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Kazuo Funato, Akifumi Matsuo, and Tetsuo Fukunaga

In order to evaluate how mechanical power relates to athletic performance in weight lifting, specific movement power (SMP) was investigated using a newly developed dynamometer. Four simulated pull movements in weight lifting were measured: weight lifting pull (WL), second pull, back strength pull, and shoulder shrug pull. Subjects included 12 elite (EL) and 14 district (DI) level Japanese weight lifters. Athletic performance was defined as the highest total combined weight (snatch plus clean and jerk) lifted during competition. The highest SMP was observed in the WL. Force, velocity, and power relations were derived from the WL, showing higher velocity and power values in EL than DI at an identical force level. SMP in WL was found to be significantly correlated to athletic performance. SMP measured as a simulated pull movement in weight lifting employing the present dynamometer appears useful in evaluating athletic performance. Furthermore, this dynamometer provides force-velocity relationships during multiarticular explosive movements.

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Thomas W. Balon, Jeffrey F. Horowitz, and Karen M. Fitzsimmons

Bodybuilders have used different carbohydrate loading regimens in conjunction with resistance exercise prior to competition in the belief that this would result in increased muscle size. To investigate this possibility, muscle girth measurements were obtained from nine weight-trained males before and after a control (standard isocaloric diet) and an experimental trial (carbohydrate loading). The latter regimen consisted of 3 days of intense weight-lifting while the subjects ingested a diet of 10% carbohydrate (CHO), 57% fat (F), and 33% protein (P), followed by 3 days of light weight-lifting and a day of rest while ingesting a diet of 80% CHO, 5% F, and 15% P. The control trial consisted of an identical weight-lifting regimen while subjects ingested an isocaloric (45 kcal/kg BWIday) diet. Body weight and girths (forearm, upper arm, chest, thigh, waist, and calf) were obtained before and after each trial in a relaxed and flexed state. The results indicated that an exercise/carbohydrate loading regimen had no significant effect on muscle girth as compared to the control trial. It is concluded that CHO loading has no additional advantage to enhancing muscle girth in bodybuilders over weight-lifting alone.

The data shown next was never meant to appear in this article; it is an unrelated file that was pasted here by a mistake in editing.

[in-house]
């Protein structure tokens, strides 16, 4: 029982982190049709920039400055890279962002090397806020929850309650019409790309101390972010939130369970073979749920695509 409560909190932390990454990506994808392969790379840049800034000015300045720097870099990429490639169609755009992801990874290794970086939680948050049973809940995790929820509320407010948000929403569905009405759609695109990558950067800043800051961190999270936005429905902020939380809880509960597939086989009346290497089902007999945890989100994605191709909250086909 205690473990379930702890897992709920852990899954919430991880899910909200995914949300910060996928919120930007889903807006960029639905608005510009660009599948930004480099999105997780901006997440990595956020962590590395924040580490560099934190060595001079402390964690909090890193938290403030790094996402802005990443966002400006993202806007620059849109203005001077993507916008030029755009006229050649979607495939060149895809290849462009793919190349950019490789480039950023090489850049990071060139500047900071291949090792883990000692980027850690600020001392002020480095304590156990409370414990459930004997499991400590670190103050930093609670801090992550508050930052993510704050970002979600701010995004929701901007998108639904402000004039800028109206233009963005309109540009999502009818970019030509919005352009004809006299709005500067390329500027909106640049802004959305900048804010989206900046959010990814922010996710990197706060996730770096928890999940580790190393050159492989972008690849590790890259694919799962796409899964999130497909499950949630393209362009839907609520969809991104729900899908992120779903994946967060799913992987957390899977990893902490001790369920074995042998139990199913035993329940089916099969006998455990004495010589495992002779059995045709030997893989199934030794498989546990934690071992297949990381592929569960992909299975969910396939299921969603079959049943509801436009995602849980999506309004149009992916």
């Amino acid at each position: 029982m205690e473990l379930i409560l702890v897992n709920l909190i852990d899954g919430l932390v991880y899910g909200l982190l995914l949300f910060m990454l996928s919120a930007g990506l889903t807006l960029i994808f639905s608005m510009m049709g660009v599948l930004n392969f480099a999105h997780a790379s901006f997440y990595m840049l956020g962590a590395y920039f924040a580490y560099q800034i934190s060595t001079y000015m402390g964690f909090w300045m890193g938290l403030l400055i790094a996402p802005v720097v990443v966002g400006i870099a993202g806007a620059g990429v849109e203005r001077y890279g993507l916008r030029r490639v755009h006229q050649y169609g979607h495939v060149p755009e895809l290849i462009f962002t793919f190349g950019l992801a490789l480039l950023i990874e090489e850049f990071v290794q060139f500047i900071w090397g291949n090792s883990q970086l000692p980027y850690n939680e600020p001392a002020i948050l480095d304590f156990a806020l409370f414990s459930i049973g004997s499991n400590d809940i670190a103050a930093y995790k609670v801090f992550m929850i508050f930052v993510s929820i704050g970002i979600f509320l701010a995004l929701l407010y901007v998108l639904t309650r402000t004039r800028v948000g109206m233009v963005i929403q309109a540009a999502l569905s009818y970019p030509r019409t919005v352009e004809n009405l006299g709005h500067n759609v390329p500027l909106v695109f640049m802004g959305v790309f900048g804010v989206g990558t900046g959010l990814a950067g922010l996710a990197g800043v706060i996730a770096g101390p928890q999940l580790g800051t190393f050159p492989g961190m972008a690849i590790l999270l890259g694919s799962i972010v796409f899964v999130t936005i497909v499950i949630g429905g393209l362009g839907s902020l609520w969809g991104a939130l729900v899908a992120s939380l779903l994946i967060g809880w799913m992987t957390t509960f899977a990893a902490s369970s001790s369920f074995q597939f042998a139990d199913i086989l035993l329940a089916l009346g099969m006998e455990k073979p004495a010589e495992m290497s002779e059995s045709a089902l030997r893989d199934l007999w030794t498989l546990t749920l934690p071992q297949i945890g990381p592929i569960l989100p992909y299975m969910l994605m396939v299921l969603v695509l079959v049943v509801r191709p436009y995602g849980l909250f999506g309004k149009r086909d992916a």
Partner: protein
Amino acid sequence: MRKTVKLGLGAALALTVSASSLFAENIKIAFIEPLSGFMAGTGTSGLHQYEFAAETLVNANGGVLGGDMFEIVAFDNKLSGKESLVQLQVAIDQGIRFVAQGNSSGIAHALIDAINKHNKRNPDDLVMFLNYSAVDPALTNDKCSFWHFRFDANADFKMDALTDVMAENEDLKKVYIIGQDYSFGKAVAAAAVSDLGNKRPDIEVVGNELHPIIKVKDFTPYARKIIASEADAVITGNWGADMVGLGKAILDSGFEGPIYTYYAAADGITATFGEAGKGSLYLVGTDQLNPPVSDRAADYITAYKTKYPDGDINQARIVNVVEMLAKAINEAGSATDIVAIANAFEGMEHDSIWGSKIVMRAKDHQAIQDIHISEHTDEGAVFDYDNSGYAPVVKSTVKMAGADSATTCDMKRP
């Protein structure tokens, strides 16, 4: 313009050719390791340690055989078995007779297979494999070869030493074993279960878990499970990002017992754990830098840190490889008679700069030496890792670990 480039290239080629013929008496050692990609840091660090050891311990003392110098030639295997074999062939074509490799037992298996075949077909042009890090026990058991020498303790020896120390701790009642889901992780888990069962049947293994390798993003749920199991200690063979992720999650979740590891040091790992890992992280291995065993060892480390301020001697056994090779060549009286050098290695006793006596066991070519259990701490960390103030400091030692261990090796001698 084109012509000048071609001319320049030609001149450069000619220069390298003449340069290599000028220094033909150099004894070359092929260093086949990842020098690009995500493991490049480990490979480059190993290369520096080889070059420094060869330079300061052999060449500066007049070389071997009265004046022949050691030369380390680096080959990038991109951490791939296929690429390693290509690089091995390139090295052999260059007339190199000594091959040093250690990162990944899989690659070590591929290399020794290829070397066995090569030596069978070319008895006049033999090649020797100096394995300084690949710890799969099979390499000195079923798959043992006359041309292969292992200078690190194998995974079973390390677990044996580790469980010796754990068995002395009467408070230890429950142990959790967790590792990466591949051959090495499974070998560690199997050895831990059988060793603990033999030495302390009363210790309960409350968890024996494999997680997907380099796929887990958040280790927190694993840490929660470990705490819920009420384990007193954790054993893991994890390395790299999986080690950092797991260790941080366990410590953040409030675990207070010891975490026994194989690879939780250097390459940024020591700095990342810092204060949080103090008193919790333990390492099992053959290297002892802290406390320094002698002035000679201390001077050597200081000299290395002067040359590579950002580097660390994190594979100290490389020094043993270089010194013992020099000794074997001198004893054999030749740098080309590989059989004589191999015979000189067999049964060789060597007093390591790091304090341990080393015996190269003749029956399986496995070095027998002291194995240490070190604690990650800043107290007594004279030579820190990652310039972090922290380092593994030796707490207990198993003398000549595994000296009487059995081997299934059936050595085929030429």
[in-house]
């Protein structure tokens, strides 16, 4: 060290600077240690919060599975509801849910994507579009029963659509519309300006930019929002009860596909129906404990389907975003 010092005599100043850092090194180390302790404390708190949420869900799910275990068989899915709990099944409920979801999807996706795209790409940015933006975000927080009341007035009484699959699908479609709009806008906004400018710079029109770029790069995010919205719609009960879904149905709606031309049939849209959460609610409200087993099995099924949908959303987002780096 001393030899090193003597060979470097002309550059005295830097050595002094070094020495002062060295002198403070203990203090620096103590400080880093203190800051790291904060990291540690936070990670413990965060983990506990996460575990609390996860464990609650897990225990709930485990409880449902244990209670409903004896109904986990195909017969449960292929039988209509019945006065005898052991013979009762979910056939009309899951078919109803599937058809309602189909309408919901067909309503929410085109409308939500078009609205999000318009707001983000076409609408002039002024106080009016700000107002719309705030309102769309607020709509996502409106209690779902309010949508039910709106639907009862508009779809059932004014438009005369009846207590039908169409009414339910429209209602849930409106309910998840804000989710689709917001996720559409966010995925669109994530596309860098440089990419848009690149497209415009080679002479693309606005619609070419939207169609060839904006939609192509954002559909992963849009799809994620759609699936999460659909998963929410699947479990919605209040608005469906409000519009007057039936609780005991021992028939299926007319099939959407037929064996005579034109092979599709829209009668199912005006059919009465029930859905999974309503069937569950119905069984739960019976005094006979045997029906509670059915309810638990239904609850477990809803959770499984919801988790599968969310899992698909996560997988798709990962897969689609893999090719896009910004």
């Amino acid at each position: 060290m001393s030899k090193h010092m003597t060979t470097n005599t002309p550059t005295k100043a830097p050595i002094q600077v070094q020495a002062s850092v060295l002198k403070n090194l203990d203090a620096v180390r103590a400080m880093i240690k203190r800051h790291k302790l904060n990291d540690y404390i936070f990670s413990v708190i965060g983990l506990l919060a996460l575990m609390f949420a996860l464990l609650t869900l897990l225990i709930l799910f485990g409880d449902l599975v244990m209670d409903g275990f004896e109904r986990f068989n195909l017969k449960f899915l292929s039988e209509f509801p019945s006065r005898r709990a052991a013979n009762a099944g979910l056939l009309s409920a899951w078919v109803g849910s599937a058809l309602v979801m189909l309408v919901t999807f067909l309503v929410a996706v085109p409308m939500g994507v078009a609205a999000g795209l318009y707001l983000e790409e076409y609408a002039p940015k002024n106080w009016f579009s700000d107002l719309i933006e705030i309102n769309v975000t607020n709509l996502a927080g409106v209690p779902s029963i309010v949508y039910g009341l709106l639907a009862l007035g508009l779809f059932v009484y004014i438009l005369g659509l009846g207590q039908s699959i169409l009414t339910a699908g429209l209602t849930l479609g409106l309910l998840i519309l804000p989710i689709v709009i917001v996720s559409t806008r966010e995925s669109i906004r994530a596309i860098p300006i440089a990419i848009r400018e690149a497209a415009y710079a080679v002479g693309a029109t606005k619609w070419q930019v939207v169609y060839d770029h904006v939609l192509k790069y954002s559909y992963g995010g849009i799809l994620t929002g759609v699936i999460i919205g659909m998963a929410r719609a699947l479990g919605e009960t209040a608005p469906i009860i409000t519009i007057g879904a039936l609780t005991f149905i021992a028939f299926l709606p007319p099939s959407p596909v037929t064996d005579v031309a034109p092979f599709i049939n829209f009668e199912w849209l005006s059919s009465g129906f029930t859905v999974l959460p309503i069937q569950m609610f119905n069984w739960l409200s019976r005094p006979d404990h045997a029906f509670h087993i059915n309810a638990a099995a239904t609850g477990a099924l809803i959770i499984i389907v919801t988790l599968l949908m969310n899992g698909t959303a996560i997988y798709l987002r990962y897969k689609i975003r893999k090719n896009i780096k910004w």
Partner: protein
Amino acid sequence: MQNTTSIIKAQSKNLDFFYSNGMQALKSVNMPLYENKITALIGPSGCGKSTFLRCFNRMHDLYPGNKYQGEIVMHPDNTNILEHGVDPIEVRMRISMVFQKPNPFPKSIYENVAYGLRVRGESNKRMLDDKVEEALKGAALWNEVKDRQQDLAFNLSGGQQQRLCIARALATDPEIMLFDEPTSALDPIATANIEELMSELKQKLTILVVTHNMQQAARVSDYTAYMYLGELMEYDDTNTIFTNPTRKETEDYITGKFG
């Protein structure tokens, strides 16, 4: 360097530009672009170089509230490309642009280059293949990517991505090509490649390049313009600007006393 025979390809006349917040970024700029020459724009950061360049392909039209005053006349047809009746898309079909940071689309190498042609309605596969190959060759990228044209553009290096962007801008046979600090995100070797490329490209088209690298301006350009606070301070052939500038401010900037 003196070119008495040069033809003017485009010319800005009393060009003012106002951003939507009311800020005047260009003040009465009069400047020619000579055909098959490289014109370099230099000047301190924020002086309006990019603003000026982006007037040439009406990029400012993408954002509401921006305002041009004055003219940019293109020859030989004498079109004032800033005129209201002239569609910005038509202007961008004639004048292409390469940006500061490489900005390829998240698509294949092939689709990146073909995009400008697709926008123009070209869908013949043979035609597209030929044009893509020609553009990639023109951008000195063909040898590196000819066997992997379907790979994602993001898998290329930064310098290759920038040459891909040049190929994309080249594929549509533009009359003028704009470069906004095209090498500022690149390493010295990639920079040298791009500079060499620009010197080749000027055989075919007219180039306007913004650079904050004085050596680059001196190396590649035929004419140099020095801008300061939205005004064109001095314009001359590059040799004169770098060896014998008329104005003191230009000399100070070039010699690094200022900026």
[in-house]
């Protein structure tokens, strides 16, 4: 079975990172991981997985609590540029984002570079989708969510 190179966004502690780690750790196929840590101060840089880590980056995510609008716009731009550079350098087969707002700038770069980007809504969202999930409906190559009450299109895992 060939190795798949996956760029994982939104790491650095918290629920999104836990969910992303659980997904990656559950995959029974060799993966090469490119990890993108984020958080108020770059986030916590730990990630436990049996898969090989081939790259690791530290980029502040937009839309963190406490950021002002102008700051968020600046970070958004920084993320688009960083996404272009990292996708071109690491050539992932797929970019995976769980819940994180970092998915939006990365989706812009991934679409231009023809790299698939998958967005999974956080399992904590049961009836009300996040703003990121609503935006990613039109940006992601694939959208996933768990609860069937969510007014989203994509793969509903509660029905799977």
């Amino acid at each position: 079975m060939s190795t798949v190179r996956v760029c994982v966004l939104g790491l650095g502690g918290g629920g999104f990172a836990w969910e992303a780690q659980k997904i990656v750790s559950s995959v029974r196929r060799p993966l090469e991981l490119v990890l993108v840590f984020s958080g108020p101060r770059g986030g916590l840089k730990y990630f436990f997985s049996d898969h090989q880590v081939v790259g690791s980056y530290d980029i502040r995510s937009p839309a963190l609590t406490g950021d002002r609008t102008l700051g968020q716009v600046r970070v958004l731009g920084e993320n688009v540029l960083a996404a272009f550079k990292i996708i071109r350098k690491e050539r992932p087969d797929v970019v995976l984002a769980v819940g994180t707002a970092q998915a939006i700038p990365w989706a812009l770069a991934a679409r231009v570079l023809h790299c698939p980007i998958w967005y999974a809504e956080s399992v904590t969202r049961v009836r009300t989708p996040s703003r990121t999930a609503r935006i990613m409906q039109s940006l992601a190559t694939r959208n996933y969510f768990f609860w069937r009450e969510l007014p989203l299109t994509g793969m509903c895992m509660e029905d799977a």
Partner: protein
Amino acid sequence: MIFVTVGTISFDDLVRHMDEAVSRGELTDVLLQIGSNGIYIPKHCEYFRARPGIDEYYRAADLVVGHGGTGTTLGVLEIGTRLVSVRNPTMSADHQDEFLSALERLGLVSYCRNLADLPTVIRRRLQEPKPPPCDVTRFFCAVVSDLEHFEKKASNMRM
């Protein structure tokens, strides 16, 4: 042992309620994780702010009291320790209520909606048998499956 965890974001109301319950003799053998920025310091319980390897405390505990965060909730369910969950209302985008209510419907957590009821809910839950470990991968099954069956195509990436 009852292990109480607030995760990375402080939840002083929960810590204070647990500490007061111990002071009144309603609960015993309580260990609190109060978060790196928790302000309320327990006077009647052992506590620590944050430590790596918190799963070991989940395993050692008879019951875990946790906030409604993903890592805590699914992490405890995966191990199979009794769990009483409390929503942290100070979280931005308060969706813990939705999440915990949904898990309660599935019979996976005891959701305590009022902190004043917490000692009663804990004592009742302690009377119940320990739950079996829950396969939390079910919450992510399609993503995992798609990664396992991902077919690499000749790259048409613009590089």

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Timothy J. Suchomel and Christopher J. Sole

The force-production characteristics of 3 weight-lifting derivatives were examined by comparing the force–time curves of each exercise. Sixteen resistance-trained men performed repetitions of the hang power clean (HPC), jump shrug (JS), and hang high pull (HHP) on a force platform at several relative loads. Relative peak force (PFRel), relative impulse (IMPRel), peak rate of force development (PRFD), and time-normalized force–time curves of each exercise were compared. The JS produced greater PFRel than the HPC (P < .001, d = 1.38) and HHP (P < .001, d = 1.14), while there was no difference between the HPC and HHP (P = .338, d = 0.26). Similarly, the JS produced greater IMPRel than the HPC (P < .001, d = 0.52) and HHP (P = .019, d = 0.36). The HHP also produced greater IMPRel than the HPC (P = .040, d = 0.18). Finally, the JS produced greater PRFD than the HPC (P < .001, d = 0.73) and HHP (P = .001, d = 0.47), while there was no difference between the HPC and HHP (P = .192, d = 0.22). The HPC, JS, and HHP force–time profiles were similar during the first 75–80% of the movement; however, the JS produced markedly different force–time characteristics in the final 20–25% of the movement. The JS produced superior force-production characteristics, namely PFRel, IMPRel, and PRFD, as well as a unique force–time profile, compared with the HPC and HHP across several loads.

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Christian Collet, Aymeric Guillot, Olivier Bolliet, and André Dittmar